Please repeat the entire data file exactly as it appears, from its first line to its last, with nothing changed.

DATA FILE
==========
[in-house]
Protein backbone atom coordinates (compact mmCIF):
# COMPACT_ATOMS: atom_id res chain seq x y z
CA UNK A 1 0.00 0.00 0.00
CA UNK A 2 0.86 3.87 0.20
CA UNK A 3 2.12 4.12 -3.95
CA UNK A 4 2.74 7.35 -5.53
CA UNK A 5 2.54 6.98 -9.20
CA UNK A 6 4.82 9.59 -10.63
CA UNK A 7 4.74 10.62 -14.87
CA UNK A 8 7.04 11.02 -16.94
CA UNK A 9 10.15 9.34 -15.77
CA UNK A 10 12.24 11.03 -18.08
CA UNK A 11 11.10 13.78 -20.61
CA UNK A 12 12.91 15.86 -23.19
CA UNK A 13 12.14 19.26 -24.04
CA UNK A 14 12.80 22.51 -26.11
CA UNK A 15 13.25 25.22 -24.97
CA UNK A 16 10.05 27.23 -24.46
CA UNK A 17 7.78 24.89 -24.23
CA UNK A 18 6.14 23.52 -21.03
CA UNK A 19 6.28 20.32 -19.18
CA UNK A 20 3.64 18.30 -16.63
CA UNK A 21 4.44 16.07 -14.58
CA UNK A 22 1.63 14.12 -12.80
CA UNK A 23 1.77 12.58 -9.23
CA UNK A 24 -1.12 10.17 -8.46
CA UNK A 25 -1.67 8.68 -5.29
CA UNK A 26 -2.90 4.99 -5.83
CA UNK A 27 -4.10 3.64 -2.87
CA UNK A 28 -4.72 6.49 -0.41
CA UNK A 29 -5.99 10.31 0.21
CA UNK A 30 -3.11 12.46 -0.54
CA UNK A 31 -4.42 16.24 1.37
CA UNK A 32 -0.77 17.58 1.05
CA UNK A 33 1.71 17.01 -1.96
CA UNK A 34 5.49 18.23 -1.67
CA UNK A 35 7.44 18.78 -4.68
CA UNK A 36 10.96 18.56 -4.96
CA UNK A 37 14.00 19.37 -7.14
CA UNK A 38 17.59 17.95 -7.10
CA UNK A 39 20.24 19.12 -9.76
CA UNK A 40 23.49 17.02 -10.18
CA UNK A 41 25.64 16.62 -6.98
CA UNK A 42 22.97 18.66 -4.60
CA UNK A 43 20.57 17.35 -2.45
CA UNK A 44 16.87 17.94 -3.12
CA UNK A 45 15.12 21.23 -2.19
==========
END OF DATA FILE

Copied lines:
[in-house]
Protein backbone atom coordinates (compact mmCIF):
# COMPACT_ATOMS: atom_id res chain seq x y z
CA UNK A 1 0.00 0.00 0.00
CA UNK A 2 0.86 3.87 0.20
CA UNK A 3 2.12 4.12 -3.95
CA UNK A 4 2.74 7.35 -5.53
CA UNK A 5 2.54 6.98 -9.20
CA UNK A 6 4.82 9.59 -10.63
CA UNK A 7 4.74 10.62 -14.87
CA UNK A 8 7.04 11.02 -16.94
CA UNK A 9 10.15 9.34 -15.77
CA UNK A 10 12.24 11.03 -18.08
CA UNK A 11 11.10 13.78 -20.61
CA UNK A 12 12.91 15.86 -23.19
CA UNK A 13 12.14 19.26 -24.04
CA UNK A 14 12.80 22.51 -26.11
CA UNK A 15 13.25 25.22 -24.97
CA UNK A 16 10.05 27.23 -24.46
CA UNK A 17 7.78 24.89 -24.23
CA UNK A 18 6.14 23.52 -21.03
CA UNK A 19 6.28 20.32 -19.18
CA UNK A 20 3.64 18.30 -16.63
CA UNK A 21 4.44 16.07 -14.58
CA UNK A 22 1.63 14.12 -12.80
CA UNK A 23 1.77 12.58 -9.23
CA UNK A 24 -1.12 10.17 -8.46
CA UNK A 25 -1.67 8.68 -5.29
CA UNK A 26 -2.90 4.99 -5.83
CA UNK A 27 -4.10 3.64 -2.87
CA UNK A 28 -4.72 6.49 -0.41
CA UNK A 29 -5.99 10.31 0.21
CA UNK A 30 -3.11 12.46 -0.54
CA UNK A 31 -4.42 16.24 1.37
CA UNK A 32 -0.77 17.58 1.05
CA UNK A 33 1.71 17.01 -1.96
CA UNK A 34 5.49 18.23 -1.67
CA UNK A 35 7.44 18.78 -4.68
CA UNK A 36 10.96 18.56 -4.96
CA UNK A 37 14.00 19.37 -7.14
CA UNK A 38 17.59 17.95 -7.10
CA UNK A 39 20.24 19.12 -9.76
CA UNK A 40 23.49 17.02 -10.18
CA UNK A 41 25.64 16.62 -6.98
CA UNK A 42 22.97 18.66 -4.60
CA UNK A 43 20.57 17.35 -2.45
CA UNK A 44 16.87 17.94 -3.12
CA UNK A 45 15.12 21.23 -2.19